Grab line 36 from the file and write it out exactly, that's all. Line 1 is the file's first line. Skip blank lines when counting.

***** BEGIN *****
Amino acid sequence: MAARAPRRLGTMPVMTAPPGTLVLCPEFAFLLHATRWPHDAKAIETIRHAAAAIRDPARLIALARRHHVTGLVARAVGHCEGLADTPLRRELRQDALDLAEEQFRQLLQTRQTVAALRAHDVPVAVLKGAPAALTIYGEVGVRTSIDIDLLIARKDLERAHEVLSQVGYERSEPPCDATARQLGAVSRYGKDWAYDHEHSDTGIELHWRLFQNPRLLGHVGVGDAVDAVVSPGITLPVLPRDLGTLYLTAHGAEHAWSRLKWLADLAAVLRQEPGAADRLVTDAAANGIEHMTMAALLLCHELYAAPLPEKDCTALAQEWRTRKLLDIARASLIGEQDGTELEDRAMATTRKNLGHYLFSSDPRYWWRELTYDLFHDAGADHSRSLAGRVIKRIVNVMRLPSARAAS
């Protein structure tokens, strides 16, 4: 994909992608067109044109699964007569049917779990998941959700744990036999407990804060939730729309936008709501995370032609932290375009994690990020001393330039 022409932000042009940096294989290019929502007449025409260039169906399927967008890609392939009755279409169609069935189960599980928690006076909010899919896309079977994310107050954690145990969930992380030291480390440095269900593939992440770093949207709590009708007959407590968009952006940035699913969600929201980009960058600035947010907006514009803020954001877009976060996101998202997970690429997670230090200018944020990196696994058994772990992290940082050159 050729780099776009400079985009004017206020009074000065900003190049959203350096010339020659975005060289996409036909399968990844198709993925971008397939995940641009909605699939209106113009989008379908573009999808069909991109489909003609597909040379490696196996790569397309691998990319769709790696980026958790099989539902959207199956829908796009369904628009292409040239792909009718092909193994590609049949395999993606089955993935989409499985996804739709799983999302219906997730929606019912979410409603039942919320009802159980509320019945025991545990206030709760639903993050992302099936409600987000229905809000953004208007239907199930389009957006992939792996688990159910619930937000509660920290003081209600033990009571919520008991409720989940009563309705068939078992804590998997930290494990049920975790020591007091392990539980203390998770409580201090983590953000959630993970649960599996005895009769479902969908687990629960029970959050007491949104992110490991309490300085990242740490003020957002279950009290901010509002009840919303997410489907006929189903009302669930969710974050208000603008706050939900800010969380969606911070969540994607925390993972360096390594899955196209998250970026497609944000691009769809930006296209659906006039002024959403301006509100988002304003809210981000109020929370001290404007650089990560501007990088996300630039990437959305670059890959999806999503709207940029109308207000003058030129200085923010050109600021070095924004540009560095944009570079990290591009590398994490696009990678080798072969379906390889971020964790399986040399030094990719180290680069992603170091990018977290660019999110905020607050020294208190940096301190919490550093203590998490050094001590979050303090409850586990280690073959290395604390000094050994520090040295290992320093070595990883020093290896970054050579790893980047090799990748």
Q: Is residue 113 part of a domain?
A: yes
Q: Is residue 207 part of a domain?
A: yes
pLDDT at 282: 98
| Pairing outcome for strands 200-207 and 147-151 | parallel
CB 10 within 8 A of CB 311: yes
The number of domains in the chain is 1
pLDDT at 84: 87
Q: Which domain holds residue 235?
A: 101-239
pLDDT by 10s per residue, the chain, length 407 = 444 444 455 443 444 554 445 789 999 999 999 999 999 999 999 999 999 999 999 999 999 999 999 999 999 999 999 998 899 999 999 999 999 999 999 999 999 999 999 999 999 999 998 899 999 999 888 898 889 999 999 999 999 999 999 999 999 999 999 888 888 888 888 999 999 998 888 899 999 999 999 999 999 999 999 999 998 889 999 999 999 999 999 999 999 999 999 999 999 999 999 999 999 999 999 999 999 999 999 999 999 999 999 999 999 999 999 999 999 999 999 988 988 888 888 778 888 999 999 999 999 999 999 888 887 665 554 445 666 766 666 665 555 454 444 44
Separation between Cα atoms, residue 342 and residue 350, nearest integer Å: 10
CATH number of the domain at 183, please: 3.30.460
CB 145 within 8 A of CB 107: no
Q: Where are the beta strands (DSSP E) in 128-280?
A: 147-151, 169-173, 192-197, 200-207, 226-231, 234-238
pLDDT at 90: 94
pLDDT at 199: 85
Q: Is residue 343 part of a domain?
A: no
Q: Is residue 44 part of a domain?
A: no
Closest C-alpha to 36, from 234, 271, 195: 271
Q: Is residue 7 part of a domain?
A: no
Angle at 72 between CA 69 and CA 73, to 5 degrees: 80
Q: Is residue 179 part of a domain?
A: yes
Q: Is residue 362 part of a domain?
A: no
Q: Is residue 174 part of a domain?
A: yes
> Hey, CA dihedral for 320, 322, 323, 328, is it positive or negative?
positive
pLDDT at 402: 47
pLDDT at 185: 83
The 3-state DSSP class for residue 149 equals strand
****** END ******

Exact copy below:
> Hey, CA dihedral for 320, 322, 323, 328, is it positive or negative?